A former Marine Corps and Navy pilot was charged with illegally providing aircraft carrier flight training to Chinese military pilots, according to court papers in the case of Daniel Duggan.
A federal grand jury indictment unsealed last week provides the first details of the case against Mr. Duggan, a dual U.S.-Australian citizen who was arrested in Australia Oct. 21 and is facing extradition to the United States.
Mr. Duggan is charged in the 2016 indictment with conspiring with Chinese, South African, British and U.S. nationals to violate U.S. export law that requires a license before providing defense services such as aircraft carrier training to states like China.
Mr. Duggan, who also lived in China and is also known as Ding San Qing, worked to provide “aircraft carrier approach and landing training to PRC military pilots,” the indictment stated, using the acronym for People’s Republic of China. The training took place in China, South Africa and elsewhere.
The operation also involved the illicit sale of a North American T-2 Buckeye jet trainer to China, made possible by disguising the buyer as a South African company.
According to the indictment, Mr. Duggan conducted the training of Chinese pilots in October 2010, March 2012 and November 2012, a period that covers deployment of China’s first aircraft carrier, the Liaoning, in September 2012.
The Liaoning itself was originally an unfinished Soviet-era Kuznetsov-class carrier first built in 1985. China’s military purchased it in a deal disguised as a purchase for a commercial firm in Macau that was going to turn it into a floating casino.
China launched a second carrier similar to the Liaoning called the Shandong and is building its first indigenous carrier, called the Fujian. The Fujian is the military’s largest carrier with an 80,000-ton displacement and an electromagnetic catapult-assisted launch system.
Critics say China’s carrier force lags far behind the U.S. force of 11 aircraft carriers. The current deployed Chinese carrier fleet often sails without its warplanes.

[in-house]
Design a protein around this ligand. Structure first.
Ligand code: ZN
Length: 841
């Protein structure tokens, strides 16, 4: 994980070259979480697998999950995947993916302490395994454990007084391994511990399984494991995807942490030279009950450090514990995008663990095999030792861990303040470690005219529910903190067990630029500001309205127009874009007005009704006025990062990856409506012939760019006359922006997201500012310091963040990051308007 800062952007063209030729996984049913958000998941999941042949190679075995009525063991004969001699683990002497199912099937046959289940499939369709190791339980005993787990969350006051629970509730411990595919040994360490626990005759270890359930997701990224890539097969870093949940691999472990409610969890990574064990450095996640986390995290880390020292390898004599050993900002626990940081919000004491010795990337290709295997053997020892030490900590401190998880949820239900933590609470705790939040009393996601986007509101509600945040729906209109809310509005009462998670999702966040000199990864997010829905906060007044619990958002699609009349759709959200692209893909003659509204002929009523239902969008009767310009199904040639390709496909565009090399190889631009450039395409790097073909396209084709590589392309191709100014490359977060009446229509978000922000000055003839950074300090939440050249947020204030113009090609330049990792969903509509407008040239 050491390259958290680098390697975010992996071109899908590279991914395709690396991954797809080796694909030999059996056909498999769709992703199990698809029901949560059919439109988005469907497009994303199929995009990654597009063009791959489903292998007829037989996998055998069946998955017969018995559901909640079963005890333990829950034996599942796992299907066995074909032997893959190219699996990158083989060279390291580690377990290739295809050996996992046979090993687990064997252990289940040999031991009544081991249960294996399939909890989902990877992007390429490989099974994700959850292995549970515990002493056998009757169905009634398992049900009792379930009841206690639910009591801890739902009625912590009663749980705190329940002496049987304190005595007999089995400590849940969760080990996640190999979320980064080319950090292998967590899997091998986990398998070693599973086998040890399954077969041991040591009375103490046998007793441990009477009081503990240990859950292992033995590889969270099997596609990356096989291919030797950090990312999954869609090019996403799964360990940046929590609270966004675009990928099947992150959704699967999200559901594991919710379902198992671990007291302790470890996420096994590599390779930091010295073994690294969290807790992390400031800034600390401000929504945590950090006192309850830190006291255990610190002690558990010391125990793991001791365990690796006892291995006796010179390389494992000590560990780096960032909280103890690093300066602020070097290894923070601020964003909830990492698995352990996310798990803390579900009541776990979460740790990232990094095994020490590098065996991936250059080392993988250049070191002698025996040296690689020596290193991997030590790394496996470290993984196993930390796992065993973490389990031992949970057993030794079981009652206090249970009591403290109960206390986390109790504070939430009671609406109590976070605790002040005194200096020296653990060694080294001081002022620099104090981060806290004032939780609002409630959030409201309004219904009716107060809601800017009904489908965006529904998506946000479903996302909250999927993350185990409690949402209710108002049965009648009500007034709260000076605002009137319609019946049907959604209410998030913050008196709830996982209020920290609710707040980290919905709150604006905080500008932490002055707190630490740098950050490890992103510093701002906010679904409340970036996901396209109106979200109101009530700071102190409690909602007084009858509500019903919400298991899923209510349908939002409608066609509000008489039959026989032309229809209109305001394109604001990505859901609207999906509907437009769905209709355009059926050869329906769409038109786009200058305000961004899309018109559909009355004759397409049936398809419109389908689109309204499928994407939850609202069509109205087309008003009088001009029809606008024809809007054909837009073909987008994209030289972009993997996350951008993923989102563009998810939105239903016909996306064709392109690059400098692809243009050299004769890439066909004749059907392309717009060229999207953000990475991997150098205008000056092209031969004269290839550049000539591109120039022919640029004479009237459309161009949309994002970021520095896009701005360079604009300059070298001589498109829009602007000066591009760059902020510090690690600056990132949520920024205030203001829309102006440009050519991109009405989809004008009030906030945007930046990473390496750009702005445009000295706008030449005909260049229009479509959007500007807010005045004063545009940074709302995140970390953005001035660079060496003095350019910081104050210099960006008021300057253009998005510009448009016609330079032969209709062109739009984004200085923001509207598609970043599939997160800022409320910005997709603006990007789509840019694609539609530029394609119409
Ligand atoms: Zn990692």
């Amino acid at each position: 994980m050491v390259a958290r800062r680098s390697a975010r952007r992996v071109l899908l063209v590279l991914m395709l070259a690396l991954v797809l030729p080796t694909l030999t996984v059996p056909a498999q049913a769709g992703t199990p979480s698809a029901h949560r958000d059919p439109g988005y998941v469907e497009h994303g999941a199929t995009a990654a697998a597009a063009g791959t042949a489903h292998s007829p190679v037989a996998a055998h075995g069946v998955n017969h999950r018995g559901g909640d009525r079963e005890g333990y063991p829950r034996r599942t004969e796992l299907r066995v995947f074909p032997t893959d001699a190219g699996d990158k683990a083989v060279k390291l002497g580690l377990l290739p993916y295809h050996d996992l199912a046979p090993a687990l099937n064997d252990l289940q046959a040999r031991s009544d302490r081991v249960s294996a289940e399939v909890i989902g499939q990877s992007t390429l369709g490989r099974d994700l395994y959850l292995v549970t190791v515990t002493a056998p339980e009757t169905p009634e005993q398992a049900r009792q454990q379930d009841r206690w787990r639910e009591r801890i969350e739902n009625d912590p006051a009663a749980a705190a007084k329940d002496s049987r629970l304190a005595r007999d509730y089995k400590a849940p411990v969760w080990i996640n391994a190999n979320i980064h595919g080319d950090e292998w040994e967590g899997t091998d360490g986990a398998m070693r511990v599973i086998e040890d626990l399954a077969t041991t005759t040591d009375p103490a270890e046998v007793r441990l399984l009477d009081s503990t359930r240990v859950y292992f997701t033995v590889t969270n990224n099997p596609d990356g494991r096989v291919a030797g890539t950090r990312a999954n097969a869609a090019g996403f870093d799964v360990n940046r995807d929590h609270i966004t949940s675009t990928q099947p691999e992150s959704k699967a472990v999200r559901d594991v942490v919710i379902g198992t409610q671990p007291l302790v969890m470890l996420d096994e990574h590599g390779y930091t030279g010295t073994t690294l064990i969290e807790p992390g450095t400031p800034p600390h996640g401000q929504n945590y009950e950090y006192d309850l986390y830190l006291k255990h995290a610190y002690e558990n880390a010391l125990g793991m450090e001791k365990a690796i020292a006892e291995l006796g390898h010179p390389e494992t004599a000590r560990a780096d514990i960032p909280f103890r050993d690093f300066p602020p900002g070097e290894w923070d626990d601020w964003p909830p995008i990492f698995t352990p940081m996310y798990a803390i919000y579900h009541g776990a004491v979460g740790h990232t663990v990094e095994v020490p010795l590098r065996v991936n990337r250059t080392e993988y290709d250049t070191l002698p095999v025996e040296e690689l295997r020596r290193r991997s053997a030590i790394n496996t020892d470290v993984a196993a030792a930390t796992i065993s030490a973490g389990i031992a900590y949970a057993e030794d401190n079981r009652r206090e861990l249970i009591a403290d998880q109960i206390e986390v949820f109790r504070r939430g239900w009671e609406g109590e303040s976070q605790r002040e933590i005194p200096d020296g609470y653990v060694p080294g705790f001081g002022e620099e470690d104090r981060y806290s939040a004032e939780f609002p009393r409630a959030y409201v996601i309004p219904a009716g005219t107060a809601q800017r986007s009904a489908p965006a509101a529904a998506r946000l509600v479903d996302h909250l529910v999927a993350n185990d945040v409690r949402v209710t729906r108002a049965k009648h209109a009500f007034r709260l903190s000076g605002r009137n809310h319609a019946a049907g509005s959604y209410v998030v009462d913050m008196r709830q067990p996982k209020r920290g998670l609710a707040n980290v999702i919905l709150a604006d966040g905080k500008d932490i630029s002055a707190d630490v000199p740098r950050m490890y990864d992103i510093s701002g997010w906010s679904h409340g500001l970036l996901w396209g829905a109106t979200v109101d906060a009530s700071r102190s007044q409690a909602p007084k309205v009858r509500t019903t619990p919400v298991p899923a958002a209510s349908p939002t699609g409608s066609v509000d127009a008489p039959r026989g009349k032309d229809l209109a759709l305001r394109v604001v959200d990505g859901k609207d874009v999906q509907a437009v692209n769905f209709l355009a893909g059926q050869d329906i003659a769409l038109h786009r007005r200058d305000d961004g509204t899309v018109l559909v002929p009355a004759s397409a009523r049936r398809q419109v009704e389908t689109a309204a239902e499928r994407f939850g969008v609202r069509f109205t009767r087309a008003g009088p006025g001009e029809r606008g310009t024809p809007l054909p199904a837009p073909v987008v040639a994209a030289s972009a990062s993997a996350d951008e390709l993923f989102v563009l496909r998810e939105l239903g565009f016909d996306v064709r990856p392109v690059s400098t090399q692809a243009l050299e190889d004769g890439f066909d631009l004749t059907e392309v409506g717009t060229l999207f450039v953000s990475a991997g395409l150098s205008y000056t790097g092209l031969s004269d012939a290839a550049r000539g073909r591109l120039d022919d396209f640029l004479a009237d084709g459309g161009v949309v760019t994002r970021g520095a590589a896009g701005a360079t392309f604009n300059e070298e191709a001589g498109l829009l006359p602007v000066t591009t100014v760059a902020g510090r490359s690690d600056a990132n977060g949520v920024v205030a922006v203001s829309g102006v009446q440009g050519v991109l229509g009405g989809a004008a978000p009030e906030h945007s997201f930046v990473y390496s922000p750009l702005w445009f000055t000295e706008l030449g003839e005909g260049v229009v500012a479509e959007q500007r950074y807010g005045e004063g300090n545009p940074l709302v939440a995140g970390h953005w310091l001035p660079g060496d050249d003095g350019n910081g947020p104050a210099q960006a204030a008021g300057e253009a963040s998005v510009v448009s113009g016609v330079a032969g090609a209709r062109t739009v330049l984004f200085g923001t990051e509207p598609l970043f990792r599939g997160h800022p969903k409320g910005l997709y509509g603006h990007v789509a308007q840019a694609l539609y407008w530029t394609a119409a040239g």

Mr. Duggan provided evaluation of Chinese pilot trainees, tested naval aviation equipment and taught tactics and techniques used in launching and landing aircraft on carriers, the indictment stated, with Chinese carrier pilot trainees learning on a carrier landing site in South Africa.
Mr. Duggan also traveled to Shenyang, China for the training that included a program for practice landings on the ground that mimicked carrier landings. The Chinese pilots also were given “landing signal officer” training, known in the U.S. Navy as “paddles” who guide aircraft landing on carriers.
Mr. Duggan received multiple payments of in installments of $6,365, the indictment said. Mr. Duggan’s associates and at least two companies involved in the operation were not named in the indictment.
In October, U.K. defense authorities disclosed that around 30 former British military pilots had helped teach Chinese air force pilots how to defeat Western warplanes. The British Defense Ministry issued a threat alert that cautioned against working with the Chinese military.
The Wall Street Journal reported Thursday that China’s military sought Western pilots as part of a program to learn to fly from aircraft carriers and acquire other skills useful for a future potential conflict over Taiwan. The report said the training was led by Test Flying Academy of South Africa, near Cape Town, which hired former military pilots from Britain, France, Norway and other countries
A spokesman for the company denied its work with the Chinese posed a security threat.
The pilots made hundreds of thousands of dollars from the training in China and at least four pilots involved in the training were skilled in flying the Pentagon’s most advanced jet, the F-35, the report stated.
A lawyer for Mr. Duggan told the Wall Street Journal his client denies violating any laws.
Retired Navy Capt. Jim Fanell, a former aircraft carrier intelligence officer, said he was surprised to learn in 2012 that Chinese navy J-15 jet pilots were conducting flight training on the Liaoning.
“When I read this indictment against Maj. Duggan, I am left scratching my head as to how it is that someone who grew up and operated in the world and culture of U.S. naval aviation could have shared this information with the PRC,” Capt. Fanell said.
“The lessons that Maj. Duggan passed on to PLA naval aviators are lessons that have been learned in blood over 100 years of U.S. naval aviation,” he added.
Landing signals officer training is “the most important of all training” for carrier pilots and is “the very essence of life and death and the success or failure of the mission of the carrier. This kind of training is extremely specialized and rare,” Capt. Fanell said.
If the charges prove true, he said, “what Maj. Duggan has done is advance the PLA Navy’s timeline for creating a lethal carrier aviation force.”